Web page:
There are more measures the administration will be issuing for improved consumer privacy as well.  As Android training is more versed, a technical course for developers becomes more important all the time.  For more information on this story, go to The Huffington Post.

Comments

  1. James says

    I’m not sure what to think as far as this goes is it a bad thing or isn’t it? I’m not surprised that Obama is sticking his nose in it though; I have never seen such a control freak as he is. I guess we’lll just have to wait and see what happens next right? If he’s making the announcement this afternoon there really isn’t anything that can be done about it now.

  2. Allison says

    I have been staying on top of this bill as well as that dreaded SOPA and PIPA bills which were shot down only a couple of months ago when some of the world’s biggest websites, such as Google and Wikipedia, participated in a total blackout on one particular day when we all united to fight totalitarianism and stop the greedy entertainment empires from trying to take away our freedom of speech on the internet. I say to all Americans, DO NOT allow Congress to turn U.S. cyberspace into that of communist China.

    • FireStarter says

      That’s right Allison. And this topic is much more important than Google sharing our information between their different applications. This issue concerns our ability to share information openly with a large amount of people at once.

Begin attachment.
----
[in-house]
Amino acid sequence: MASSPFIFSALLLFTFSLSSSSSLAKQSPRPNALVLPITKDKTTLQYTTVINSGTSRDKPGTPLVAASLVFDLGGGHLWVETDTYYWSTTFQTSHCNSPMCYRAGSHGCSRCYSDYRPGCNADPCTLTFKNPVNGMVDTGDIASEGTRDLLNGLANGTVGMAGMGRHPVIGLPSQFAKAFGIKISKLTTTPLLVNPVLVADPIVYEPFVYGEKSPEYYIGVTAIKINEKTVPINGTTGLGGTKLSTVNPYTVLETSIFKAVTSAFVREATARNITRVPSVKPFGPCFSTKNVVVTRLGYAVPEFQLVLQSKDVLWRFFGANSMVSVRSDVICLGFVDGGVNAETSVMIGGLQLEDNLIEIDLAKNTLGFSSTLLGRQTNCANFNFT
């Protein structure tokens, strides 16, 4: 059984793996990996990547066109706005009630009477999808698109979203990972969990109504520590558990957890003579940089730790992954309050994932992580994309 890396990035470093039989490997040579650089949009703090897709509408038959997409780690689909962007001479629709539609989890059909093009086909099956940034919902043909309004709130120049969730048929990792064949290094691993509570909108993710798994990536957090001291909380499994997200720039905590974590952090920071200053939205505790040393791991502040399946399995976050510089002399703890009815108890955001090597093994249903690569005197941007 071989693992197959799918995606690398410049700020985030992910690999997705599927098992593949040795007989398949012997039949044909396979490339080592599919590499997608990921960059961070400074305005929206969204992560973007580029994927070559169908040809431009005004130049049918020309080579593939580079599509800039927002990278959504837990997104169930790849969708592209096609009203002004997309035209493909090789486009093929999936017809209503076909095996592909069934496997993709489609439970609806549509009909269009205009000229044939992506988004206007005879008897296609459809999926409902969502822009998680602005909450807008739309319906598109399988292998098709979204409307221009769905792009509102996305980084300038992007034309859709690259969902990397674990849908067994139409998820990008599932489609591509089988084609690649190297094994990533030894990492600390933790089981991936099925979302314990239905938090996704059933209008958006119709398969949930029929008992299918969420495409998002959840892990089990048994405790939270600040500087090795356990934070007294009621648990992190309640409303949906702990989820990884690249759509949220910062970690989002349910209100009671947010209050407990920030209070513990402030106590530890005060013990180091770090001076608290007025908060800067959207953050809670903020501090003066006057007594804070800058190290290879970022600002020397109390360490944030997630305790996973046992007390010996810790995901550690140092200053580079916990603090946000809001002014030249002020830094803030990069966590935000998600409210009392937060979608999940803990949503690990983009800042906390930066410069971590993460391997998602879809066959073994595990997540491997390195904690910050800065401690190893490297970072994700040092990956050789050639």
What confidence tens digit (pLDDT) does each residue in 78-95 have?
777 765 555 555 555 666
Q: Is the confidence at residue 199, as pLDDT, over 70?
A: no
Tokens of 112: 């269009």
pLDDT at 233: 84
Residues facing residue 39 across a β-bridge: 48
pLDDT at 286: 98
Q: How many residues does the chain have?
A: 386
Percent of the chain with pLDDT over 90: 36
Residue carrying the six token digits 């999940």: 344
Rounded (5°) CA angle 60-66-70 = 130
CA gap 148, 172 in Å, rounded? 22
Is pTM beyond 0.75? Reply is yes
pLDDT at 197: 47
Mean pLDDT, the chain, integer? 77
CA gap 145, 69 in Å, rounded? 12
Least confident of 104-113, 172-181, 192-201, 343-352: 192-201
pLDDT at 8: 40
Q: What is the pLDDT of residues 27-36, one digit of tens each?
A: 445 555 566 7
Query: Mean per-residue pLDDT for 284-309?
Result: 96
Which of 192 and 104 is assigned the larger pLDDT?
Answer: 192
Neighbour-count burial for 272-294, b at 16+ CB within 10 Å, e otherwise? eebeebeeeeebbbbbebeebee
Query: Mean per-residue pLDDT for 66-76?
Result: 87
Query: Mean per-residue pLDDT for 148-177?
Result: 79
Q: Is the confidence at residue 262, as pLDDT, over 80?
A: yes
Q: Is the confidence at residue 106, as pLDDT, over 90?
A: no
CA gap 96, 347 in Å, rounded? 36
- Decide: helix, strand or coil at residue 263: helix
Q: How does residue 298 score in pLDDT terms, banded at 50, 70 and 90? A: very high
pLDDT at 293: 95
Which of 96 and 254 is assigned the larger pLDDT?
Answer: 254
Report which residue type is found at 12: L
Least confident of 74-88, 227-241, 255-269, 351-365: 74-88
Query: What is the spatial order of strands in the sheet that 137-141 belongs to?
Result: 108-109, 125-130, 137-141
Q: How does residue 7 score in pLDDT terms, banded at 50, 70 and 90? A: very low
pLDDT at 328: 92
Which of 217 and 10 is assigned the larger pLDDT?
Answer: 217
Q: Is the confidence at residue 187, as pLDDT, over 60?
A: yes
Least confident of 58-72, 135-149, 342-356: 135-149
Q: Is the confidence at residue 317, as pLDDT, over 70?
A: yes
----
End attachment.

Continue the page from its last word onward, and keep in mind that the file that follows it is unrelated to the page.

3. Loretta says

    On Wednesday Jan. 18th thousands of sites went dark to protest SOPA & PIPA, two US bills racing through Congress that threaten prosperity, online security, and freedom of expression. And I was relieved – at least for the time being – to learn that since November, 24 million+ internet users have helped to seriously wound SOPA and PIPA. Yet, Congress and Hollywood are still working on backroom deals. They need to keep hearing from us and we need to continue to write to them.

  4. William says

    I read that Twitter is going to Sell Two Years’ Worth of Old Tweets. Twitter recently announced a deal with the analytics firm Datasift that authorizes Datasift to sell the content of public tweets posted over the last two years. Companies who buy the data from Datasift will be able to market to users based on the topic or the location of the tweets. DataSift will be required to regularly remove tweets that users delete.

  5. Tamika says